CLEVELAND — Nick Nutter, an All-American heavyweight wrestler at Ohio State turned professional martial arts fighter, sat watching the television last January as one by one, the young women, former gymnasts — some of them Olympians — took the stand in a courtroom in Michigan, and in wrenching testimony, detailed how their team doctor, Lawrence G. Nassar, had used his power to sexually abuse them.

‘I Didn’t Know How to Stop Him’: Ohio State Abuse Scandal Widens

WASHINGTON — Investigators working on behalf of Ohio State University are digging through decades of records to piece together what might have happened decades ago, when Dr. Richard H. Strauss was a team doctor and, according to recent accounts, engaged in some form of sexual misconduct with more than 100 former students.

That misconduct occurred from 1979 to 1997, those former students have said. But Ohio State’s sex abuse crisis and its apparent failure to provide abused athletes with an adequate support system may have extended to more-recent years.

Suspended coaches still working at Southern California gymnastics clubs

Two Southern California gymnastics coaches continue to work with underage gymnasts even though the sport’s national governing body has suspended them while it conducts investigations into alleged rules violations, the Southern California News Group has learned.

Colden Raisher is coaching at The Klub Gymnastics, a gym club near the Silver Lake area of Los Angeles where the top director was unaware of his suspension by USA Gymnastics on Friday.

‘Sister survivors’: Larry Nassar victims show solidarity as they receive award at ESPYs

Saying, “We may suffer alone, but we survive together,” Aly Raisman and dozens of other victims of disgraced ex-doctor Larry Nassar accepted the Arthur Ashe Courage Award on Wednesday at the 2018 ESPYs. In a powerful display of solidarity, 141 women, on behalf of perhaps hundreds more who were sexually abused over a period of decades, took the stage at the end of the awards ceremony.

Rep. Jim Jordan faces new accusation that he must have known about alleged sexual abuse at Ohio State

A seventh former Ohio State University wrestler said Saturday that he believes Rep. Jim Jordan (R-Ohio) knew about inappropriate behavior that allegedly took place in the school’s athletic department three decades ago, as two more former team members came to Jordan’s defense.

David Range, who wrestled for Ohio State in the late 1980s, said Jordan had to have known about alleged sexual misconduct by Richard Strauss, an athletic doctor whose behavior is under investigation by the school, because it happened regularly to team members and people talked about it. Jordan has denied he knew, saw or heard about any inappropriate behavior while he was an assistant wrestling coach from 1987 to 1995.

100s of USA swimmers were sexually abused for decades and the people in charge knew and ignored it, investigation finds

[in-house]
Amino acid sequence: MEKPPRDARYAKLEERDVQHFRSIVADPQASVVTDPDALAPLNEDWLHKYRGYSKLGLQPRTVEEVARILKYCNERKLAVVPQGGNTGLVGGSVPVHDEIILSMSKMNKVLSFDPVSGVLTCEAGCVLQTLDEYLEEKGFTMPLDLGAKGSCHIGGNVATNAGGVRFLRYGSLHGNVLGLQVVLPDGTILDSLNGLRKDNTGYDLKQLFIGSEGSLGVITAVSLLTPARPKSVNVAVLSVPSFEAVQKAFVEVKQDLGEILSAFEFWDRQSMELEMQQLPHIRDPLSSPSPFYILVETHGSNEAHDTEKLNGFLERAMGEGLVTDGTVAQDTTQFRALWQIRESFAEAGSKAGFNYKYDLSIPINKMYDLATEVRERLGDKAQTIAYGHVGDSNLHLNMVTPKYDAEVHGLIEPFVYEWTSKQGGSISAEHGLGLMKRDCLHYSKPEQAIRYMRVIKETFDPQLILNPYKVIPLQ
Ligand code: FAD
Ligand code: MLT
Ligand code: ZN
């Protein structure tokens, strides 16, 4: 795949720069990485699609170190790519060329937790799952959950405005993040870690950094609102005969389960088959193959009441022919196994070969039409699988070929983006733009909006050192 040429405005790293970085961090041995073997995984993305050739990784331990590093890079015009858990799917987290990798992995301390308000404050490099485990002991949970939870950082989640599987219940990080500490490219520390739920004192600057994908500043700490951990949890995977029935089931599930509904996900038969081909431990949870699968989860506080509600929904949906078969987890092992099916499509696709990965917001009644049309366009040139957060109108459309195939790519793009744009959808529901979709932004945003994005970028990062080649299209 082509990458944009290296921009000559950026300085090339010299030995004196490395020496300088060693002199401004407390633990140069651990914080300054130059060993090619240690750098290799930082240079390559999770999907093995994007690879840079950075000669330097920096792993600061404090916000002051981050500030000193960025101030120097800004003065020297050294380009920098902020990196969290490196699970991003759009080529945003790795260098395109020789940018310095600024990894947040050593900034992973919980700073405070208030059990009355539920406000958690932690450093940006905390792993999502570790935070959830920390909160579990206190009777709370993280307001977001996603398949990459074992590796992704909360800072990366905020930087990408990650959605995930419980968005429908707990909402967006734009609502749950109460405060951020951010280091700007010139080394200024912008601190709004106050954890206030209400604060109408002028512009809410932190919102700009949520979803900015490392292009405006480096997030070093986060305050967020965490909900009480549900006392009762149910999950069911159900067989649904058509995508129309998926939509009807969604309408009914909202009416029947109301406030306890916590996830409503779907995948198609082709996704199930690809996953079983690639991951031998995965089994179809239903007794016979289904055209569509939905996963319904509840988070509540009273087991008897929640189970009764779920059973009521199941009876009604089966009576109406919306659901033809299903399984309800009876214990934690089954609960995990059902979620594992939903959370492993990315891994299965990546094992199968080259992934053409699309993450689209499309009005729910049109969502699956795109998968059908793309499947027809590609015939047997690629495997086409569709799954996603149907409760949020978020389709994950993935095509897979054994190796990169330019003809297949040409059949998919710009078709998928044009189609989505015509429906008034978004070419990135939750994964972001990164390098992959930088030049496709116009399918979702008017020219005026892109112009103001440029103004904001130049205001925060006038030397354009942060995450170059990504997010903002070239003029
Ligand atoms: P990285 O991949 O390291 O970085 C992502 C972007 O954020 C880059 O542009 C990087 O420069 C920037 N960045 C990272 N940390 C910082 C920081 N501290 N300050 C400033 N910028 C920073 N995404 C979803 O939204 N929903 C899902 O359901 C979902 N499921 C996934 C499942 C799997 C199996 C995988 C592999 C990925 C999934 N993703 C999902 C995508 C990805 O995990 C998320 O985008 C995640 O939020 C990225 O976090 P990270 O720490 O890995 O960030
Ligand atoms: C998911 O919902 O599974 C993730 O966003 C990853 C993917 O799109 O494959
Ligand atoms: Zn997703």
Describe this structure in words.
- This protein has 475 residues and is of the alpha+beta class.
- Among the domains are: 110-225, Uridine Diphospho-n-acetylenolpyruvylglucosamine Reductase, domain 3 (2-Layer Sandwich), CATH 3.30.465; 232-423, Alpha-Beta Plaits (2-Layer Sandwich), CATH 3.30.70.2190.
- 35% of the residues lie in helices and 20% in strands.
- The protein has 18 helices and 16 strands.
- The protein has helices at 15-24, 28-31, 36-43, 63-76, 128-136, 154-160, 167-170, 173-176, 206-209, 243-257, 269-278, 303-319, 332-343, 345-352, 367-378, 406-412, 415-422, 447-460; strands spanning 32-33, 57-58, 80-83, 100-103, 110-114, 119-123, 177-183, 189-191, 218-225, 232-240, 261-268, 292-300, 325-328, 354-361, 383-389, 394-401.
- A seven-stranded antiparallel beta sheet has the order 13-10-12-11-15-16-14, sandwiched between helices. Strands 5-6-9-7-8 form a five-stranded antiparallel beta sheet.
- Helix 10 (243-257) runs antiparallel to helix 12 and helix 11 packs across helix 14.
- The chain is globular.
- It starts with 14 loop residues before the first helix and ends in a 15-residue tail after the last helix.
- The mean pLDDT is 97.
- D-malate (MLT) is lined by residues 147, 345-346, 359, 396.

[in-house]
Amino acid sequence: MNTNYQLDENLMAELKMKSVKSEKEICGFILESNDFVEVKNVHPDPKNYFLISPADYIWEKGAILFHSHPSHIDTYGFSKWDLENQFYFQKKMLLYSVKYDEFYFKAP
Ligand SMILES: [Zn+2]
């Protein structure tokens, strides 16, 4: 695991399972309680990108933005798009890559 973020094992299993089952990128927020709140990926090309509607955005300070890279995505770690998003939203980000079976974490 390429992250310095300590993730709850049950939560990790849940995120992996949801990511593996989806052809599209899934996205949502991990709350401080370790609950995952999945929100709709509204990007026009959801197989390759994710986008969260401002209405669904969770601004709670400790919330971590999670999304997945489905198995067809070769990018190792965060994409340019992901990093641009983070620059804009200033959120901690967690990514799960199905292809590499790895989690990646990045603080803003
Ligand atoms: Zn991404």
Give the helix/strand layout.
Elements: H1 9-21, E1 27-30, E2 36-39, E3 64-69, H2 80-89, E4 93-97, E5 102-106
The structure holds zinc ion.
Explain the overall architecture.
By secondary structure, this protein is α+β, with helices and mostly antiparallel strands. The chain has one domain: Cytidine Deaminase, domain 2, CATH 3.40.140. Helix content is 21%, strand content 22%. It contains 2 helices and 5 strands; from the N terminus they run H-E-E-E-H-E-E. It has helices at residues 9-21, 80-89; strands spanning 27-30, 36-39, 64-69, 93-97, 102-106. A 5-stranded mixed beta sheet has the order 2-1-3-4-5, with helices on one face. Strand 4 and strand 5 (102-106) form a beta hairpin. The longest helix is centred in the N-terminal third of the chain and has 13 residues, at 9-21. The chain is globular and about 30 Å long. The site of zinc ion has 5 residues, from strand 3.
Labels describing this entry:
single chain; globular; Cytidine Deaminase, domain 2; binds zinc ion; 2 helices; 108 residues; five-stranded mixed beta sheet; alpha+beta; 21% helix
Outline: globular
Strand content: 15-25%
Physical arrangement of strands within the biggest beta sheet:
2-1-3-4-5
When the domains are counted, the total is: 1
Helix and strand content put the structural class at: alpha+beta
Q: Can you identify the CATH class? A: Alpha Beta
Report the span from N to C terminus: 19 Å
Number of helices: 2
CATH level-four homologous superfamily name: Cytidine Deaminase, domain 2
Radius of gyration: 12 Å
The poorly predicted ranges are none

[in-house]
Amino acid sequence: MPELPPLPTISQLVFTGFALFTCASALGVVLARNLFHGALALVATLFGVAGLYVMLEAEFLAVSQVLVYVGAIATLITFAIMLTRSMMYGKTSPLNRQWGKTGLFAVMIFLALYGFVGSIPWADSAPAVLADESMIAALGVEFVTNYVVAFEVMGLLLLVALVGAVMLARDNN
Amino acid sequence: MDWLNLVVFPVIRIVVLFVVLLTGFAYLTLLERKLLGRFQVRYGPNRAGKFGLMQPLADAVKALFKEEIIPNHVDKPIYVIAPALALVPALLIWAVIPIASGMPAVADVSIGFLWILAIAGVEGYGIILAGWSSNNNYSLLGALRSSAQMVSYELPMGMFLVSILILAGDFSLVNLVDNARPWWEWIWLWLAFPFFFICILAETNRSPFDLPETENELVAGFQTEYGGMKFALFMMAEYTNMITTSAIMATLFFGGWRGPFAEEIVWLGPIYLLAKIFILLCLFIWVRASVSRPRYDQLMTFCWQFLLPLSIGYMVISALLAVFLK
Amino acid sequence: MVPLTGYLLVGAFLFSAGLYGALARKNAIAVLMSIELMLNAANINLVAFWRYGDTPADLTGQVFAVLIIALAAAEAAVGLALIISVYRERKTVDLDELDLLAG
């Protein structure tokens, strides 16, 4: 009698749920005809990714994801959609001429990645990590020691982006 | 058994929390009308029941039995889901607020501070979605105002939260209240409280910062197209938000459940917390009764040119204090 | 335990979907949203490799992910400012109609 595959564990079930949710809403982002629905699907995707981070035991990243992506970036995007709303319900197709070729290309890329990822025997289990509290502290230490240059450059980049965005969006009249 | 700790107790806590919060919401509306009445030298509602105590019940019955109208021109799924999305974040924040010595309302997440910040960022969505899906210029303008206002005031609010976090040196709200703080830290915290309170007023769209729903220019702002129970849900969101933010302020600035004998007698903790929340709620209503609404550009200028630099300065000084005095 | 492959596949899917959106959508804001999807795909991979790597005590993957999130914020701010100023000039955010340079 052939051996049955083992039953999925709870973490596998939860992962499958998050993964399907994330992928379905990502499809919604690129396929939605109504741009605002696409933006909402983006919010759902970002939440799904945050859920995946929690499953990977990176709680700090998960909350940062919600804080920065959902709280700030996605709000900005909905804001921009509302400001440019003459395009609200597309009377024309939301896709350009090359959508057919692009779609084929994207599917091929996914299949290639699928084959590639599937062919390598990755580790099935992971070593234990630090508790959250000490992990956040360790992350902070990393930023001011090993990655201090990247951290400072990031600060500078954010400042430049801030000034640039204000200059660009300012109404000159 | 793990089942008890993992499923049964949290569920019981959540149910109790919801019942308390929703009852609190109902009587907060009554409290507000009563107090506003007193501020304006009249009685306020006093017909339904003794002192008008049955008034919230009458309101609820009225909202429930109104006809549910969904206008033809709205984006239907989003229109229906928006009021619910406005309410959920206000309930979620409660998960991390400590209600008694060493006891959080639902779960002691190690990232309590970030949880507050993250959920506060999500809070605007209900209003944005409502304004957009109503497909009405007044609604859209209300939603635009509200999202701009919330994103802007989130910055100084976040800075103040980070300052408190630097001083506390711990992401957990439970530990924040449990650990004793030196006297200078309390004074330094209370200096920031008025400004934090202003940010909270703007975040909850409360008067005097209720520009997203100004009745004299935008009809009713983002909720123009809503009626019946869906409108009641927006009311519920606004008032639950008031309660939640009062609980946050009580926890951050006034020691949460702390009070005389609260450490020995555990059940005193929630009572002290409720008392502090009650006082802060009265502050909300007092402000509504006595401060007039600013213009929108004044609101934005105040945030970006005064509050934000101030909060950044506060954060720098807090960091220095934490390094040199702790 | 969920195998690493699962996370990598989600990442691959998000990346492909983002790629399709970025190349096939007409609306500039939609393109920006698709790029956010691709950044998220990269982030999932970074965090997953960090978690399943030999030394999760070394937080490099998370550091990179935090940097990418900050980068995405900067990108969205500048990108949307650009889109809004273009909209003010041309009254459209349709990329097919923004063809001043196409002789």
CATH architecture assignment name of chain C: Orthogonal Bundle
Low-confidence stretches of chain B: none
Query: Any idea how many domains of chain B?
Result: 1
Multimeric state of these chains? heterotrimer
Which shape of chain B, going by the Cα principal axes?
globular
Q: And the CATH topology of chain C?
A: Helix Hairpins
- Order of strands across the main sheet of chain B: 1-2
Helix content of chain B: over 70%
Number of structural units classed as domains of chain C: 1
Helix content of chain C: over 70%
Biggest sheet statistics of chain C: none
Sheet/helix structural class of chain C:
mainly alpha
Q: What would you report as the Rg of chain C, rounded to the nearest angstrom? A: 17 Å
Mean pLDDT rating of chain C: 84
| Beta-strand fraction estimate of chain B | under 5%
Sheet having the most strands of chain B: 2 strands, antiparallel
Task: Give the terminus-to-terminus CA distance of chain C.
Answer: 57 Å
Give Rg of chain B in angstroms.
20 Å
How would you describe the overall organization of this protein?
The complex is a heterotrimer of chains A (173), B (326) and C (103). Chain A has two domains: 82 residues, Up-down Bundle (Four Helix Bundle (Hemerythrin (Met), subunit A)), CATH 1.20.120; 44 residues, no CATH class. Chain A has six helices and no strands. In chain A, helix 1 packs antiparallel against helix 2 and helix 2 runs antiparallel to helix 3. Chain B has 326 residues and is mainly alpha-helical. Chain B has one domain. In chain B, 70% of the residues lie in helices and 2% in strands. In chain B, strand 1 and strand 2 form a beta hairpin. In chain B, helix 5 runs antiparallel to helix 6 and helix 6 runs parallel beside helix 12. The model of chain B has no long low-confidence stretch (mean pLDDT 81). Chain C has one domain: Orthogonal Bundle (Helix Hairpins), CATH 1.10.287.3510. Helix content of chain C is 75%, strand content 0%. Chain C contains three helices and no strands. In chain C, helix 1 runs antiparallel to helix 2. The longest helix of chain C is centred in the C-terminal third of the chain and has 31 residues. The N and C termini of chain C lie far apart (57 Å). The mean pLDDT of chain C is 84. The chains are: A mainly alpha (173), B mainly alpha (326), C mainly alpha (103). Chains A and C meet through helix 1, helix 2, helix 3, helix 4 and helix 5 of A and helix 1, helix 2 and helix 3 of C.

For decades the sexual abuse of young athletes by their coaches lingered just beneath the surface in American swimming’s otherwise golden waters.

In 2005, USA Swimming president Ron Van Pool decided it was time to bring the issue to the surface.

Giving his annual State of Swimming address, Van Pool pushed for a more aggressive approach within the sport to taking on sexual abuse.

“USA Swimming is frightfully behind the curve in this process and there are those who would have us continue to lag,” Van Pool said.

The speech, however, didn’t make much of an impression with Chuck Wielgus, then in his eighth year as USA Swimming’s executive director.

“There was nothing that struck me,” Wielgus said later in deposition.

What the parents of Larry Nassar's victims want you to understand

Here’s a sample of the kind of comments parents of Larry Nassar’s victims see online these days. Or, for that matter, just overhear at work and the grocery store:


Morgan McCaul and her mother, Deb. "It was unimaginable and hard for me to understand when I first heard it," Deb McCaul says. "Like, how could you have that happen and not know? Until I found out that that happened, and I didn’t know.”


“Why don’t the parents of the Nassar victims take any responsibility?”

“I wonder how many of those girls complained to their parents, and their parents turned a deaf ear about it.”

“The parents are equally to blame. Should be sharing a cell with Nassar.”

Deb McCaul says on some level, she gets it.

“It was unimaginable and hard for me to understand when I first heard it,” McCaul says. “Like, how could you have that happen and not know? Until I found out that that happened, and I didn’t know.”

‘My insides are shattered’: Former Olympian Ariana Kukors tells of alleged abuse

NEW YORK — Ariana Kukors was 15 when she first realized her 33-year-old swim coach was interested in more than helping her swim faster, she said, when innocuous text messages about school and weekend plans shifted suddenly with a strange question: He wanted to know if she was wearing underwear.

She was 16 the first time he asked her to text a naked photo, she said, a request she claims she routinely fulfilled. Later that year, in hotel rooms at travel meets and after private workouts before school, her coach started making physical advances that, before Kukors turned 18, included sex acts she summarized as “everything but intercourse.”